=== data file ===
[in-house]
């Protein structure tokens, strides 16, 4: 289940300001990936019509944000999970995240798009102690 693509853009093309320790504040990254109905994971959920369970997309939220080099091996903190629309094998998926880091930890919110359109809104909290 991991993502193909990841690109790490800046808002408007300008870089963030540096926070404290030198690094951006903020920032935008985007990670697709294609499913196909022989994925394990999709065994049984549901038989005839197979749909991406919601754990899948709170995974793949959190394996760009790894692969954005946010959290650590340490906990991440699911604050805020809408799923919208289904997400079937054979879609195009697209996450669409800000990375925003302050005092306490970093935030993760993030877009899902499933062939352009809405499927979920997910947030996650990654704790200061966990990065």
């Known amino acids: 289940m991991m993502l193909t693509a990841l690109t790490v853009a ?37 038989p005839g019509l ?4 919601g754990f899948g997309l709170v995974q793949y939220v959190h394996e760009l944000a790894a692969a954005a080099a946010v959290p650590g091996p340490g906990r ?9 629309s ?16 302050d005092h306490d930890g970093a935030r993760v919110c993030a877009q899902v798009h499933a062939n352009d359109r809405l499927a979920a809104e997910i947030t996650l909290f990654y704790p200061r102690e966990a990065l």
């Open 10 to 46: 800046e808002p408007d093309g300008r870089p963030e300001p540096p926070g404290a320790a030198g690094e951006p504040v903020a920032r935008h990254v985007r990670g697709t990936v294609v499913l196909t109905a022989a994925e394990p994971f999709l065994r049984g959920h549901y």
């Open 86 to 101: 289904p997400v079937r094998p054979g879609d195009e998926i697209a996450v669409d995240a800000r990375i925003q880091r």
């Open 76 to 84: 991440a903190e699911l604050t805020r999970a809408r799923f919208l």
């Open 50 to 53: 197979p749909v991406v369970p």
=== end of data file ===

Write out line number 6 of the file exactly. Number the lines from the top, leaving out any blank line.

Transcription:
């Open 76 to 84: 991440a903190e699911l604050t805020r999970a809408r799923f919208l």